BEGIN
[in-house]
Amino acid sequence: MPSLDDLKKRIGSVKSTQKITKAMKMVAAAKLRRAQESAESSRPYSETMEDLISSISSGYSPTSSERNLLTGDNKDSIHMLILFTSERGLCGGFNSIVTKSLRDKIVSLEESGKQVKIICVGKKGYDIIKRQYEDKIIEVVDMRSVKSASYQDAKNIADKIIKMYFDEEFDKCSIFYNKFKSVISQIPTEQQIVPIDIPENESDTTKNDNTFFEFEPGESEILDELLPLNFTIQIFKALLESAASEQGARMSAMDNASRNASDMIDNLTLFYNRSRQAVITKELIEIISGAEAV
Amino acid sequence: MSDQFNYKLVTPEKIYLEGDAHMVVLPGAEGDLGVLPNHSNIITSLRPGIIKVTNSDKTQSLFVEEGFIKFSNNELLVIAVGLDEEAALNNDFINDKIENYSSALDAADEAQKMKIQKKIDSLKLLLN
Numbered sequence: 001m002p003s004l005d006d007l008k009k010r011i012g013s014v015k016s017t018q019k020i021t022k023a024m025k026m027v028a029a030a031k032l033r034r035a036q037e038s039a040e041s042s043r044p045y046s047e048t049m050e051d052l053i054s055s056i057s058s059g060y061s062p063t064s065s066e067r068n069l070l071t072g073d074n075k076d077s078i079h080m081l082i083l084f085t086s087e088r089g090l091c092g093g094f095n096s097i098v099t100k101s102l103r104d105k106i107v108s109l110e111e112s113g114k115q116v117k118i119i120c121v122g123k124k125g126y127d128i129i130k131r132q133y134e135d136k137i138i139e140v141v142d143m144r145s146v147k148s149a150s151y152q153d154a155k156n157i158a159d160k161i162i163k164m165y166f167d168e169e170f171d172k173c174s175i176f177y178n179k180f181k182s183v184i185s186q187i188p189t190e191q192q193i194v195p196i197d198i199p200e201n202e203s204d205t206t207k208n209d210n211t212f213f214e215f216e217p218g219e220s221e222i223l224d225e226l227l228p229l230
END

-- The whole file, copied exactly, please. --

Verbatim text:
[in-house]
Amino acid sequence: MPSLDDLKKRIGSVKSTQKITKAMKMVAAAKLRRAQESAESSRPYSETMEDLISSISSGYSPTSSERNLLTGDNKDSIHMLILFTSERGLCGGFNSIVTKSLRDKIVSLEESGKQVKIICVGKKGYDIIKRQYEDKIIEVVDMRSVKSASYQDAKNIADKIIKMYFDEEFDKCSIFYNKFKSVISQIPTEQQIVPIDIPENESDTTKNDNTFFEFEPGESEILDELLPLNFTIQIFKALLESAASEQGARMSAMDNASRNASDMIDNLTLFYNRSRQAVITKELIEIISGAEAV
Amino acid sequence: MSDQFNYKLVTPEKIYLEGDAHMVVLPGAEGDLGVLPNHSNIITSLRPGIIKVTNSDKTQSLFVEEGFIKFSNNELLVIAVGLDEEAALNNDFINDKIENYSSALDAADEAQKMKIQKKIDSLKLLLN
Numbered sequence: 001m002p003s004l005d006d007l008k009k010r011i012g013s014v015k016s017t018q019k020i021t022k023a024m025k026m027v028a029a030a031k032l033r034r035a036q037e038s039a040e041s042s043r044p045y046s047e048t049m050e051d052l053i054s055s056i057s058s059g060y061s062p063t064s065s066e067r068n069l070l071t072g073d074n075k076d077s078i079h080m081l082i083l084f085t086s087e088r089g090l091c092g093g094f095n096s097i098v099t100k101s102l103r104d105k106i107v108s109l110e111e112s113g114k115q116v117k118i119i120c121v122g123k124k125g126y127d128i129i130k131r132q133y134e135d136k137i138i139e140v141v142d143m144r145s146v147k148s149a150s151y152q153d154a155k156n157i158a159d160k161i162i163k164m165y166f167d168e169e170f171d172k173c174s175i176f177y178n179k180f181k182s183v184i185s186q187i188p189t190e191q192q193i194v195p196i197d198i199p200e201n202e203s204d205t206t207k208n209d210n211t212f213f214e215f216e217p218g219e220s221e222i223l224d225e226l227l228p229l230